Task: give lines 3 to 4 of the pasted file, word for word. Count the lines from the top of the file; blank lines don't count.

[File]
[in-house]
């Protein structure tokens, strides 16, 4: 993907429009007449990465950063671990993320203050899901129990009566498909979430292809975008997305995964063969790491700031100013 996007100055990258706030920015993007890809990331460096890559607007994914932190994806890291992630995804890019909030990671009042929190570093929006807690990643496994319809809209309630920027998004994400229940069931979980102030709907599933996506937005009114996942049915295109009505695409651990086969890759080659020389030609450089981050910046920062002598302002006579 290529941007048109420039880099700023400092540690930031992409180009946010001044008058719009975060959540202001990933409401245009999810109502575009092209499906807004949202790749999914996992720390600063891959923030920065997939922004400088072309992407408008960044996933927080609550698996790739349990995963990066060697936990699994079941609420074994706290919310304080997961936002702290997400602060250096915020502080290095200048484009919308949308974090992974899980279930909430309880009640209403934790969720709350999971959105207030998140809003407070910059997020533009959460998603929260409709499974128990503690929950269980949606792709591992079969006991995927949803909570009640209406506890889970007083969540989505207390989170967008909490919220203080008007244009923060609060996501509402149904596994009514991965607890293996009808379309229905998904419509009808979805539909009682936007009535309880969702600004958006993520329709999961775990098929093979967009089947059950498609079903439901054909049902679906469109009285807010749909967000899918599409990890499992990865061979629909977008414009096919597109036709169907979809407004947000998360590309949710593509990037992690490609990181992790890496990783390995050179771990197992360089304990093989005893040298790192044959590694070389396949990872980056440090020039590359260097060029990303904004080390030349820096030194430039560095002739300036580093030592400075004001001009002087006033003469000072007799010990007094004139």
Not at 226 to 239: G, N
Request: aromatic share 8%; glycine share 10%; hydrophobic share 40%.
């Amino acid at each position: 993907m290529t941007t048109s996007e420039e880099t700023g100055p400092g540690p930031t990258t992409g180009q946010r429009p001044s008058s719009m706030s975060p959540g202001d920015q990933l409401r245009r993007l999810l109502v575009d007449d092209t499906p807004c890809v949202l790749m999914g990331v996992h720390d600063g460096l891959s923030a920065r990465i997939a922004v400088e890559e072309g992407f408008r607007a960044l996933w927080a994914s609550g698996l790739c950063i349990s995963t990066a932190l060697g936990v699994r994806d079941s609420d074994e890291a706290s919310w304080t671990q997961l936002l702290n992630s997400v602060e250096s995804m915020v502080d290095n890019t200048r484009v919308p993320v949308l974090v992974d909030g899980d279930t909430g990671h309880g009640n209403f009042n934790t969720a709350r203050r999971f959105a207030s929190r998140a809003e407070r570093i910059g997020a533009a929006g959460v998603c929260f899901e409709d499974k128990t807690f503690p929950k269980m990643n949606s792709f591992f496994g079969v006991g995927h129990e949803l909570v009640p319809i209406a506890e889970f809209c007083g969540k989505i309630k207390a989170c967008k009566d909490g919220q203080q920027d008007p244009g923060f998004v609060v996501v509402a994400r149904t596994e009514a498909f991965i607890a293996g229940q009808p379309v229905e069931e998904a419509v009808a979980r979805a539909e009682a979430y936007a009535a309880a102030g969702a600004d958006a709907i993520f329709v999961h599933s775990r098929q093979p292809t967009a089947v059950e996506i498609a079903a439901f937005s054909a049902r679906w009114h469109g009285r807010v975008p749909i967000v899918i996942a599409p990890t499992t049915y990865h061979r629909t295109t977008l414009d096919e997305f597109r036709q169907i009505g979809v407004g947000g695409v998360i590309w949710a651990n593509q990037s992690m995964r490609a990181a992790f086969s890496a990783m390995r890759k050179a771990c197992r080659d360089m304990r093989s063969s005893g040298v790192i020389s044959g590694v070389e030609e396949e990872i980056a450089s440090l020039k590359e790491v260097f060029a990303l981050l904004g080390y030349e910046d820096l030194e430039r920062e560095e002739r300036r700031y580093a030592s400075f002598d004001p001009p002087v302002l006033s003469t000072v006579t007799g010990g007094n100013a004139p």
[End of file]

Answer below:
Not at 226 to 239: G, N
Request: aromatic share 8%; glycine share 10%; hydrophobic share 40%.